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Effects of UV Radiation on Building Materials

N.J. Marston
BRANZ Ltd, Judgeford, New Zealand

Abstract. During recent years there has been increasing use of polymer-based materials, such as thermoplastics, thermosets and composites, as replacements for traditional building materials. Although these polymers offer an impressive range of attractive properties, the effect of climatic conditions on the durability and performance of these materials is not fully understood. This paper briefly examines the effects of UV radiation on the performance and properties of polymer-based building products.

Introduction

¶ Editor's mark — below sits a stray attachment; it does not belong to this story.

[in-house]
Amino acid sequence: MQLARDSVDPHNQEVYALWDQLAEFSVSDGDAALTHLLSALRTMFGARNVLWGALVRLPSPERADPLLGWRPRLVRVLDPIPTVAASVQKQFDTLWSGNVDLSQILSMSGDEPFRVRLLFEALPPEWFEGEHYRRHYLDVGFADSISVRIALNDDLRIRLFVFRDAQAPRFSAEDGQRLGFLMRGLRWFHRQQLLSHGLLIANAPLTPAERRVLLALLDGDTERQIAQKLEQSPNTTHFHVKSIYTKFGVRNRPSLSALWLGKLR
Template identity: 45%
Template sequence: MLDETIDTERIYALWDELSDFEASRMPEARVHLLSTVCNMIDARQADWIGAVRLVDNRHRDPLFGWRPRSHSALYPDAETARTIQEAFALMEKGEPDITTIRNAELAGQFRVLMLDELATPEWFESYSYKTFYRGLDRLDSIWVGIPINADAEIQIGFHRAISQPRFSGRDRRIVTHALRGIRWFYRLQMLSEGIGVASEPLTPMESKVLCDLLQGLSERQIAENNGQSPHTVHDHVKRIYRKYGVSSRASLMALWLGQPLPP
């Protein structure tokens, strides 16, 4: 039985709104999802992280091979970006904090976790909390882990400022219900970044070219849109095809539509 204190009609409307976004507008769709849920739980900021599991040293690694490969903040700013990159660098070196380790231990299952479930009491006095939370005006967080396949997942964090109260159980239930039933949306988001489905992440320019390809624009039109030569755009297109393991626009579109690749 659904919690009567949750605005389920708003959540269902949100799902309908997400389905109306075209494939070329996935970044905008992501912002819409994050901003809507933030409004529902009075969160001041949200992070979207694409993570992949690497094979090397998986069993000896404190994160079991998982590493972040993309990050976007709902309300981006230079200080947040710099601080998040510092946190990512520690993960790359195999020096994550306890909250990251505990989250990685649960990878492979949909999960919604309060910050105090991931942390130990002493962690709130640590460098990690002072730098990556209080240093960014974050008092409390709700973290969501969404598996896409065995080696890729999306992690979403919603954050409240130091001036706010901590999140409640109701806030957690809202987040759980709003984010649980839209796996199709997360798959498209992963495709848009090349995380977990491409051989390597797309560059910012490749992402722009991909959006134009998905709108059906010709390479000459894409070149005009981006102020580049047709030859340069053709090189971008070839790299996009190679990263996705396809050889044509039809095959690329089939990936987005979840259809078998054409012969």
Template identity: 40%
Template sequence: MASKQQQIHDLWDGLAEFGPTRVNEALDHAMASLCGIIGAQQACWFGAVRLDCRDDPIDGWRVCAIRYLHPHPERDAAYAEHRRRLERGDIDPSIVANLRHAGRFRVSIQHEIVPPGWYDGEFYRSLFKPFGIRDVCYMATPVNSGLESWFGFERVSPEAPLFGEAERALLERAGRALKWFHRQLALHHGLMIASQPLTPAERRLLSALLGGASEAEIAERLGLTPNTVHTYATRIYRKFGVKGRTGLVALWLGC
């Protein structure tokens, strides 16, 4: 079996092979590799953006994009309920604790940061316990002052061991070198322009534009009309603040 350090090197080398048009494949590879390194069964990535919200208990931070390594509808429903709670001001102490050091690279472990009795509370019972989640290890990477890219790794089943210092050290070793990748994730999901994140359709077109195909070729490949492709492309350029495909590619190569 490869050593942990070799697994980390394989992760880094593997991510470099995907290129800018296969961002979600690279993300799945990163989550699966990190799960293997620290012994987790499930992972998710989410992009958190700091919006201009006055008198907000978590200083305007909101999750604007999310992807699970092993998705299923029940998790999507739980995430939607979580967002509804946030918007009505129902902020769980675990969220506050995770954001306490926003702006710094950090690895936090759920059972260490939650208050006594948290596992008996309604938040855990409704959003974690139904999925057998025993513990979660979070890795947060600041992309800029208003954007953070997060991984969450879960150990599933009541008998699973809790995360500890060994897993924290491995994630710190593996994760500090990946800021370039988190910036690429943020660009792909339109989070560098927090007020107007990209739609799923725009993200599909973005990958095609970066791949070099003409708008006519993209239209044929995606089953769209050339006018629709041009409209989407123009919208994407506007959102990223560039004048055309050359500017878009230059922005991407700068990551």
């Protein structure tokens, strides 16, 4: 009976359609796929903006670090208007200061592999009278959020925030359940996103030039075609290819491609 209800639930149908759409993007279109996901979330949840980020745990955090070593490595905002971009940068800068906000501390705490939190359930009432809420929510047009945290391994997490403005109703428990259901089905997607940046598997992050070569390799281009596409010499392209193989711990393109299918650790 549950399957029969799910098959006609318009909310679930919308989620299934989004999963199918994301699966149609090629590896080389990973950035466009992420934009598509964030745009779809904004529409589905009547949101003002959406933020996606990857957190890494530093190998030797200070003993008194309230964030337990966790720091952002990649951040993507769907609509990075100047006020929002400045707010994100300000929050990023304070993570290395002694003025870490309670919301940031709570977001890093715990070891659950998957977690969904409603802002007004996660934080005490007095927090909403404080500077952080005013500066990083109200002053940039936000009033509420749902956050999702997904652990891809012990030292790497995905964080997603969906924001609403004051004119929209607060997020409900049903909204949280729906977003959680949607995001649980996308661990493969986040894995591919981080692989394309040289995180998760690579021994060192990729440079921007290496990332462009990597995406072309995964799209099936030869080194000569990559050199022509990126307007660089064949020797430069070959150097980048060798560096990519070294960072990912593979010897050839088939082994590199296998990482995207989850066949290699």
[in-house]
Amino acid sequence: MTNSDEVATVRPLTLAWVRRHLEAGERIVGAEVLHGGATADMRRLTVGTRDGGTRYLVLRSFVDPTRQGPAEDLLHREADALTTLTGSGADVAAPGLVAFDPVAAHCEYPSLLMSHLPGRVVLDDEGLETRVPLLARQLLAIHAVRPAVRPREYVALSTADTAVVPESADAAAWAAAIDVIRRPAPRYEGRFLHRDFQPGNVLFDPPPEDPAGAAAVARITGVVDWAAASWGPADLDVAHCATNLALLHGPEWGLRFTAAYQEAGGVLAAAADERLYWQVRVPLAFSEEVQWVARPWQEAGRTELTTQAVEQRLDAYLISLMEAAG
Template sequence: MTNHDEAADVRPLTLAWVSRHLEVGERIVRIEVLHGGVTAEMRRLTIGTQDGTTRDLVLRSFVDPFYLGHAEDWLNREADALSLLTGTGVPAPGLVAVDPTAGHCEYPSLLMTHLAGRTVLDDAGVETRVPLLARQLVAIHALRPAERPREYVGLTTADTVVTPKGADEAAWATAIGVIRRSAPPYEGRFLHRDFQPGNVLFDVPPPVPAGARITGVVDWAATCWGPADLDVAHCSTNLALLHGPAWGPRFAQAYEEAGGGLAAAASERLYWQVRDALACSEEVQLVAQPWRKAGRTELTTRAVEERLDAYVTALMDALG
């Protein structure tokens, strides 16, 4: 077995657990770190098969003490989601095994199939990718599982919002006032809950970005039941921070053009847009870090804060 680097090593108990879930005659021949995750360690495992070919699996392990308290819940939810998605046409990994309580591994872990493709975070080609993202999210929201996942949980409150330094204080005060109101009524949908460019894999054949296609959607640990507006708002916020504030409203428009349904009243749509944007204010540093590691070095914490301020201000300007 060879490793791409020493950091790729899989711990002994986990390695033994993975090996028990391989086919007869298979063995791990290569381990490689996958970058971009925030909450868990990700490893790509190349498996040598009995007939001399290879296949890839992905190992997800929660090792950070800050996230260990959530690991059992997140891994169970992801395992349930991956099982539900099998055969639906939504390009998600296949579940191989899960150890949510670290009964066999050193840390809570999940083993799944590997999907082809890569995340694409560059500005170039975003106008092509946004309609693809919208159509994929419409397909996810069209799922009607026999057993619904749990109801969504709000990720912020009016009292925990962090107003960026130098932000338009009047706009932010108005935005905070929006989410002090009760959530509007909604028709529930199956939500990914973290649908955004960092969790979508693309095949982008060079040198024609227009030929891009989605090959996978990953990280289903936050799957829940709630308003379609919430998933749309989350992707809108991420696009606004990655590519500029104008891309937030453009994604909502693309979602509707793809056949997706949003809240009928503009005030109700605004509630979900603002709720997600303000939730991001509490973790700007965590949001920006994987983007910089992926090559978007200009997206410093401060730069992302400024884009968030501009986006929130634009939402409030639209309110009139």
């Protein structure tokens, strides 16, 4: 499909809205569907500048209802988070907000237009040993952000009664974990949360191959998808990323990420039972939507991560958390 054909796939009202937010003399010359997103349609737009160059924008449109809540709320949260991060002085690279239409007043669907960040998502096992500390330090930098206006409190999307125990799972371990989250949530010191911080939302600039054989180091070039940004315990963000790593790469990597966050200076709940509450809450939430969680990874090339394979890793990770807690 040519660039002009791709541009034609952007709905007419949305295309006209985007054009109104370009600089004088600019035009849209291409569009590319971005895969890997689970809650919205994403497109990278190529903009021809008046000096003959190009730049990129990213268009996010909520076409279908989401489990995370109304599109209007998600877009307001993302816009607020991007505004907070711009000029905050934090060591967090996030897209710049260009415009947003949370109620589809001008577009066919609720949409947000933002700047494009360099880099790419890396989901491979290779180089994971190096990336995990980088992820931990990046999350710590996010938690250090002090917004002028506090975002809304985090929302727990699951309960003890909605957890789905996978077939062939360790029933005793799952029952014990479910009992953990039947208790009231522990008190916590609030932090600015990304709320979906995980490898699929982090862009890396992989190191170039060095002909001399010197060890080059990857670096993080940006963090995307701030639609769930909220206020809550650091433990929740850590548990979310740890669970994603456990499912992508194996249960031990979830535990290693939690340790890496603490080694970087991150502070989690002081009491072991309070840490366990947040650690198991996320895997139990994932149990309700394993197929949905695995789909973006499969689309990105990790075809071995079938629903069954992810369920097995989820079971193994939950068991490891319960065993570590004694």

The durability, performance and rate of deterioration of polymer-based products are all significantly influenced by both the material composition, and the climatic conditions to which they are exposed. To date, polymers have predominantly found applications in non-structural items, such as cladding, plumbing and coatings. That said, there is a continued increase in the use of polymeric materials, particularly polymer-based composites, for structural applications within the building industry. However, the weathering of thermoplastics, thermosets and composites, due to variations in temperatures, moisture/rainfall and UV radiation, is not fully understood. More understanding of the durability and weathering of these materials would enable the useful lifetime of building products to be predicted to a greater accuracy, as well as enable plans to be made for maintenance and replacement of key building components. Current research at BRANZ continues to investigate whether climatic variations within New Zealand have a significant effect on the weathering and durability of building plastics. The main emphasis of the research is on the large variations in solar UV-radiation within New Zealand, and the resulting photodegradation reactions occurring from exposure at each of nine sites across the country.